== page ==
Great Looks owners to open multi-cultural salon franchise
Denise Taylor remembers one story more vividly than the rest from her 30 years in the beauty industry.
One day, an African-American woman walked into the beauty salon where Taylor worked at the time, a salon that serviced almost all white customers. The woman tried to get an appointment, but nobody in the salon knew how to work with African-American hair. The customer was essentially denied service because of her race.
“I swore to myself then that when I opened my salon, it would be something where everybody from all walks of life could be serviced in one location,” Taylor said.
She and her husband opened the Great Looks Hair Salon eight years ago. Great Looks, which is located in the Mercer Mall, bills itself as a multi-cultural salon — a place where stylists are trained to work with any hairstyle and any texture. Now the salon is changing its name as part of the couple’s expansion plans. Starting September 1, Great Looks will become a franchise named Diverse Styles.
“I felt like having a multi-cultural hair salon is definitely something that’s needed, not only in the area but in our industry as well. Having a salon that can service all textures of hair without looking at race is something we need in our melting pot world.”
On Monday afternoons at noon, all the stylists gather for weekly training on the latest trends. On the Monday a reporter visited, the lesson covered shampoo and hair styling products. The stylists were lined up in the back of the salon behind solid black sinks while clients sit in chairs, tilting their heads back so that their hair hangs over the sink.
“Always analyze the scalp first,” said Jade Bain, one of the educators appointed to teach stylists the ways of multicultural hair work. “You’re going to have to do several different kinds of shampoos; maybe two or three. I have one client that needs five or six. It all depends on the texture of the hair.”
Each stylist takes a handful of shampoo and begins running it through their client’s hair, massaging it deep within the strands yet working carefully. Jade inspects their work, continuing to offer instruction. “You want to make sure you’re rinsing really good, especially the hairline. When it’s not rinsed really good, people will get dryness and flakiness right there.”
This level of personalized instruction was attractive to stylist Leah Hammawacker. She learned about Great Looks through her mother and quickly came to appreciate the educational opportunities the salon offered.
“I like the training. I feel like in school they don’t teach us how to do all types of hair textures. We learned mannequin textures (in school),” she said. “We didn’t learn techniques for servicing everyone’s hair like we do here.”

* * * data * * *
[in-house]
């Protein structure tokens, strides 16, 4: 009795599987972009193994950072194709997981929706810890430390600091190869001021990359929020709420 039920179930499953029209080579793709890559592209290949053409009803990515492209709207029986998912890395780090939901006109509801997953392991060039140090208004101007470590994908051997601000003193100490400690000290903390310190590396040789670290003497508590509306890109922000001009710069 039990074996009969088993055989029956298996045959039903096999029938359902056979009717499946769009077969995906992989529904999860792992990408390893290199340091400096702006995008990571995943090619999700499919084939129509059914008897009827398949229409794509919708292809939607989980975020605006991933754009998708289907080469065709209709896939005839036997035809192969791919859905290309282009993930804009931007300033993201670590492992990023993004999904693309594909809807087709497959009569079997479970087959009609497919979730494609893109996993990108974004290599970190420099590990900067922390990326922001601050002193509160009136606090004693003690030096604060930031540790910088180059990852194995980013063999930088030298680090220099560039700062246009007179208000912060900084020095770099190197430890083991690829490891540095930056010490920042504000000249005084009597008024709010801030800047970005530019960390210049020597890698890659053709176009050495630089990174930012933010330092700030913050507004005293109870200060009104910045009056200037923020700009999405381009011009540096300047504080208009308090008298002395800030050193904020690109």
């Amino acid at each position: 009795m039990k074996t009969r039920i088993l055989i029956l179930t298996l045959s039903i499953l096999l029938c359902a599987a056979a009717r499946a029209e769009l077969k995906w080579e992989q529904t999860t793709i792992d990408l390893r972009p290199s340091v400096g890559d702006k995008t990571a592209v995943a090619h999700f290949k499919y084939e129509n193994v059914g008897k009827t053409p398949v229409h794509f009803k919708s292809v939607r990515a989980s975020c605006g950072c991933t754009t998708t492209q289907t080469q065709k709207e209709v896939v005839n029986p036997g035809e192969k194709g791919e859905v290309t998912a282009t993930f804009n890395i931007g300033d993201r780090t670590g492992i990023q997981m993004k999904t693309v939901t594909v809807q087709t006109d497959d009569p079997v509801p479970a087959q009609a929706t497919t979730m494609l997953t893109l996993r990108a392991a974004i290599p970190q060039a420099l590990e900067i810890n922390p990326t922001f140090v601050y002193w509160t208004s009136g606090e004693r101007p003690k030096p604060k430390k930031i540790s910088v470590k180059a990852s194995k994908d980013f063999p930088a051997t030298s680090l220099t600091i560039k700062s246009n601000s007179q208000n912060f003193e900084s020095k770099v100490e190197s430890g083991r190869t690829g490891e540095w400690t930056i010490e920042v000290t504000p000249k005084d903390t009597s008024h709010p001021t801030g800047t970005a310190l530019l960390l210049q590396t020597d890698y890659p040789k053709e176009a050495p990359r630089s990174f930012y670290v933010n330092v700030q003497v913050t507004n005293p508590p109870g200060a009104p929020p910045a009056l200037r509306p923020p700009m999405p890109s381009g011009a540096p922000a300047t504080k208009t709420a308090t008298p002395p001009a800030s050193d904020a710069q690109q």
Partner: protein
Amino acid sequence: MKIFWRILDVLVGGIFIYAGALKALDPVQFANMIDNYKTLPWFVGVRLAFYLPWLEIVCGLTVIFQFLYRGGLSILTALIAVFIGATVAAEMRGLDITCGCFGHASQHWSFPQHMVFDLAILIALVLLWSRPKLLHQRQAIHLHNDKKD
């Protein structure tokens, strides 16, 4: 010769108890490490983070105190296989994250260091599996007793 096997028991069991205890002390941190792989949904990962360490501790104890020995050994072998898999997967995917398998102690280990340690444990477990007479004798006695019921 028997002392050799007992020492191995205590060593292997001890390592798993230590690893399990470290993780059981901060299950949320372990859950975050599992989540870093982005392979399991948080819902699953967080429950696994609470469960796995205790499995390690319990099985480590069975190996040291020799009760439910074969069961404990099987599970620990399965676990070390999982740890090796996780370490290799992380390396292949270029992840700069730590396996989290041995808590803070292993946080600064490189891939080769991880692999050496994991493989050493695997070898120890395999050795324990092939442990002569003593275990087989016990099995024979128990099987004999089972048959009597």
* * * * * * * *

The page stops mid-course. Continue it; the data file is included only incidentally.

Taylor is betting that the same educational formula will work in other stores. She’s been preparing to create a franchise for several years, slowly stepping back from teaching and letting experienced stylists handle more of the coaching.
“It’s hard to hold and wear that many hats,” Taylor said. “In order to do a great job in expanding this heart and soul of a multicultural salon, I need to step away from the chair. That’s why we need to have this team of educators in place.”
Even with the ever-expanding to-do list of running a franchise, Taylor has found the time to keep one foot in her trade, doing hair twice per week and supervising some of the training sessions. Monday’s session began in the customary way, with each employee telling one another, “I’m going to learn something from you” before hugging.
Team and education are the two most important things to Jenifer Kelly, a veteran of the beauty industry and Taylor’s right-hand woman. Every week, Kelly learns something new, which she attributes to the salon’s multicultural commitment.
“I did some textured hair in my previous years but not African-American hair,” Kelly said. “Bringing the concept of multicultural into it opened my eyes up to the fact that hair is hair. Its exploded my creativity.”
Great Looks is also committed to serving people who have lost their hair because of either Alopecia Areata (unnatural hair loss) or, more commonly, chemotherapy treatments. Wigs, head scarves and scalp massages are just some of the ways the salon tries to help those who don’t have their hair anymore. It’s a personal cause for Taylor.
“My mother is a breast cancer survivor herself so 10 years ago when she was diagnosed, I had to take that walk and journey,”
Taylor’s next journey starts in September when Great Looks becomes Diverse Styles.
“We just went to the International Franchise Show – the largest in the country – and one of our competitors came up to us who has 2,000 locations,” she recalled. “I said, ‘with our model, I don’t know that we’d have 2,000 locations’ and he said to me, ‘well, you never know’.”
Nice piece, but basic to journalism is the need to answer – who, what, when, where & why. Where is Great Looks/Diverse Styles located?
The Mercer Mall referred to in the story is in Lawrence.
This has been the lead story on PP for a few days now. So, I’ve read it a few times not remembering I had read it before.
Then I get to the unfortunate statement … “The customer was ‘essentially’ denied service because of her race.”
“Essentially” is a hedge word like, generally speaking. It signifies that what comes after it may not accurate.
In any event, it doesn’t belong in the lede. Either the action was racist – a very serious charge – or it was not.
I suspect it was not. Just another attempt to create controversy where there really isn’t any.
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